In his work, “The Theater of Tony Kushner: Living Past Hope”, James Fisher says, “Kushner’s politics are based in a socialism, inspired in part, by Brecht’s dramatic aesthetic, which created for Kushner a template for political drama. Angels is certainly inspired by aspects of Brechtian theater” (8). Art Borreca writes, “– a Brechtian spirit resides at the center of the work.” M. Elizabeth Osborn calls Kushner, “A passionate political thinker and devoted student of Bertolt Brecht…” (Kerkhoff 6). Tony Kushner himself said, “I was also very much drawn in Brecht to the epic form, to the chronicle play. It was almost immediately, as soon as I read Mother Courage, that it became my favorite Brecht” (Kushner 107). Fisher went on to say, “Kushner was intimidated by Brecht’s dramatic achievement, that if he could not write a play equal to Mother Courage and Her Children, he did not want to write at all” (7-8). Lucky for us, Kushner achieved his goal, winning two Tony Awards for Best Play (Millennium Approaches and Perestroika), and the distinguished Pulitzer Prize for drama as well. In this essay I will prove that Tony Kushner’s Angels in America is profoundly influenced in all aspects, including setting, theme structure, character, dialogue, and plot, by Brecht’s Mother Courage and Her Children.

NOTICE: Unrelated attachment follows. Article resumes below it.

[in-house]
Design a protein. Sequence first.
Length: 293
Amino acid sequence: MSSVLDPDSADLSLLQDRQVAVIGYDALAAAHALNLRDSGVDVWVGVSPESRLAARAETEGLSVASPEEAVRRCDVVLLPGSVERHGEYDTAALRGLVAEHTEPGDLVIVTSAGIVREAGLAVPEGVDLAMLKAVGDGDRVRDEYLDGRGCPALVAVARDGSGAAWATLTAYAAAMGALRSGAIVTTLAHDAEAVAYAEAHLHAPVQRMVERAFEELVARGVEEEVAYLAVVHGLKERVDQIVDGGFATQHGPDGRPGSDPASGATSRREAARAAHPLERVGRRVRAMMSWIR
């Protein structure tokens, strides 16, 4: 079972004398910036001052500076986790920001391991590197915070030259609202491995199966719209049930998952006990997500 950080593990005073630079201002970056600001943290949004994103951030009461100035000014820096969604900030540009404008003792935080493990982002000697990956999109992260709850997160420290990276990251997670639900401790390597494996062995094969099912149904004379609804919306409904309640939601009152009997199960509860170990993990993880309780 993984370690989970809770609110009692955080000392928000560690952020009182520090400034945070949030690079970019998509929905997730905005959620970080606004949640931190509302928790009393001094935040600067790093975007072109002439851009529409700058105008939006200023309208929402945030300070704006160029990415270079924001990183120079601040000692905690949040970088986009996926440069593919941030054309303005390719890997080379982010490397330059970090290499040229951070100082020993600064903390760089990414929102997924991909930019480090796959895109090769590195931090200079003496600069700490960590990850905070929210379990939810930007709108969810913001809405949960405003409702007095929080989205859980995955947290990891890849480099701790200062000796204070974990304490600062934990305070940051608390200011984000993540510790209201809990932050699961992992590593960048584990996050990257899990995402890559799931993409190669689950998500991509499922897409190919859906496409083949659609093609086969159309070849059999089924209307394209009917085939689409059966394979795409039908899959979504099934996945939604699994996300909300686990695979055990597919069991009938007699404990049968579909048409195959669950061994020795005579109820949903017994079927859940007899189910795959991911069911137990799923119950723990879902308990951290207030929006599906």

First, the Staging: Brecht requires that the “…theatricality of the production’s props, lights, sets, and equipment (be) visible, thereby reminding the members of the audience that they were seeing a play” (Jacobus 1057). Kushner suggests that “The play benefits from a pared-down style of presentation, with minimal scenery and scene shifts done rapidly (no blackouts!) employing the cast as well as stage-hands – which makes for an actor-driven event, as this must be. The moments of magic – the appearance and disappearance of Mr. Lies and the ghosts, the book hallucination, and the ending – are to be fully realized, as bits of wonderful theatrical illusion – which means it’s OK if the wires show, and maybe it’s good that they do, but the magic should at the same time be thoroughly amazing” (1661). Both writers work to alienate the audience from the drama to assure that they would be “emotionally detached and intellectually alert”. “Representing reality, (Brecht) believed, lulled audiences into a state of passive empathy, diminishing their objective intellectual engagement with the events of the play.” (Lester) Brecht intended “not to render thought unnecessary but to provoke it: not as a substitute for artistic creation but as its stimulus.” Kushner reflects this in his writing as he moves easily from beautifully phrased epigrams like “I’ve thought about it for a very long time, and I still don’t understand what love is. Justice is simple. Democracy is simple. Those things are unambivalent. But love is very hard. And it goes bad for you if you violate the hard law of love,” (Jacobus, 1686) to brutal rants like “Dumb Utah Mormon hick shit!… When Washington called me I was younger than you, you think I said “Aw fuck no I can’t go I got two fingers up my asshole and a little moral nosebleed to boot!”… Fuck you Mary Jane, get outta here” (1688). The effect is very off-putting and shocking; it stops you in your cerebral tracks. Which is precisely what the intention is.